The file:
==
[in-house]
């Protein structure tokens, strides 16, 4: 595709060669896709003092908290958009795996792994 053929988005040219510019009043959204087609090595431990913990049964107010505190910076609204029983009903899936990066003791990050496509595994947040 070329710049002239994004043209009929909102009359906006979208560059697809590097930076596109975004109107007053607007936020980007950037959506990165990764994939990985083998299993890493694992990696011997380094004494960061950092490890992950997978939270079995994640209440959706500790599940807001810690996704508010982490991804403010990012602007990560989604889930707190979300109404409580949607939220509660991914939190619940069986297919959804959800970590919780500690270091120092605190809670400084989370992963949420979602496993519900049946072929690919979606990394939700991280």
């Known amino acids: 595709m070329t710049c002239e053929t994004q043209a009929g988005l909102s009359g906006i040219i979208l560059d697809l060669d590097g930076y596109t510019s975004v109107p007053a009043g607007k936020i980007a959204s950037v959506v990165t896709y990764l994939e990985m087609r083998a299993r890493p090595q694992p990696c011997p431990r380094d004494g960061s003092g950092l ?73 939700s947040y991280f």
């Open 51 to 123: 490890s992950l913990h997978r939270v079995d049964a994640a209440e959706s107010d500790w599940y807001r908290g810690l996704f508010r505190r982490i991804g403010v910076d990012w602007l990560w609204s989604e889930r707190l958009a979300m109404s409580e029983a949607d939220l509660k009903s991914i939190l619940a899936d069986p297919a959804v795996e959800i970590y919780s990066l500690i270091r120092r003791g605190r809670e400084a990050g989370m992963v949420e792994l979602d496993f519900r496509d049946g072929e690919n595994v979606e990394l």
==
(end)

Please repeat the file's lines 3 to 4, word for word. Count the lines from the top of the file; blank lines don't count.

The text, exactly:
């Known amino acids: 595709m070329t710049c002239e053929t994004q043209a009929g988005l909102s009359g906006i040219i979208l560059d697809l060669d590097g930076y596109t510019s975004v109107p007053a009043g607007k936020i980007a959204s950037v959506v990165t896709y990764l994939e990985m087609r083998a299993r890493p090595q694992p990696c011997p431990r380094d004494g960061s003092g950092l ?73 939700s947040y991280f």
């Open 51 to 123: 490890s992950l913990h997978r939270v079995d049964a994640a209440e959706s107010d500790w599940y807001r908290g810690l996704f508010r505190r982490i991804g403010v910076d990012w602007l990560w609204s989604e889930r707190l958009a979300m109404s409580e029983a949607d939220l509660k009903s991914i939190l619940a899936d069986p297919a959804v795996e959800i970590y919780s990066l500690i270091r120092r003791g605190r809670e400084a990050g989370m992963v949420e792994l979602d496993f519900r496509d049946g072929e690919n595994v979606e990394l």